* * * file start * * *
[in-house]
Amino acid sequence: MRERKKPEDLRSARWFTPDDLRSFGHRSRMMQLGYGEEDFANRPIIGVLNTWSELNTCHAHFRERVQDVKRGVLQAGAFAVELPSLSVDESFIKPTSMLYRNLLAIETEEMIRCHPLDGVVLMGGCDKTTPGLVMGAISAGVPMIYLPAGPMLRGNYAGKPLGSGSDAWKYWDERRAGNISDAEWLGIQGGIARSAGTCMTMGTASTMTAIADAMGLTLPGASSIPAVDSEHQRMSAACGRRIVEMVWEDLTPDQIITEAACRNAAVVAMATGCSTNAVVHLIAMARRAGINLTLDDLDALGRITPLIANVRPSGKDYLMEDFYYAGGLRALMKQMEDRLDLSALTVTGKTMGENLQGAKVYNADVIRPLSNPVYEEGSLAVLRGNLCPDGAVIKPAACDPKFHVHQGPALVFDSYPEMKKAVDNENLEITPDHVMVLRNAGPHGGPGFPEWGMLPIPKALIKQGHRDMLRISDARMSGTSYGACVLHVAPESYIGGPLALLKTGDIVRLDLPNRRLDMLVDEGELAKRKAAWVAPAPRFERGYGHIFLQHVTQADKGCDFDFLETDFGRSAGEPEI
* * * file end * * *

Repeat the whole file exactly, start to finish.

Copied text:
[in-house]
Amino acid sequence: MRERKKPEDLRSARWFTPDDLRSFGHRSRMMQLGYGEEDFANRPIIGVLNTWSELNTCHAHFRERVQDVKRGVLQAGAFAVELPSLSVDESFIKPTSMLYRNLLAIETEEMIRCHPLDGVVLMGGCDKTTPGLVMGAISAGVPMIYLPAGPMLRGNYAGKPLGSGSDAWKYWDERRAGNISDAEWLGIQGGIARSAGTCMTMGTASTMTAIADAMGLTLPGASSIPAVDSEHQRMSAACGRRIVEMVWEDLTPDQIITEAACRNAAVVAMATGCSTNAVVHLIAMARRAGINLTLDDLDALGRITPLIANVRPSGKDYLMEDFYYAGGLRALMKQMEDRLDLSALTVTGKTMGENLQGAKVYNADVIRPLSNPVYEEGSLAVLRGNLCPDGAVIKPAACDPKFHVHQGPALVFDSYPEMKKAVDNENLEITPDHVMVLRNAGPHGGPGFPEWGMLPIPKALIKQGHRDMLRISDARMSGTSYGACVLHVAPESYIGGPLALLKTGDIVRLDLPNRRLDMLVDEGELAKRKAAWVAPAPRFERGYGHIFLQHVTQADKGCDFDFLETDFGRSAGEPEI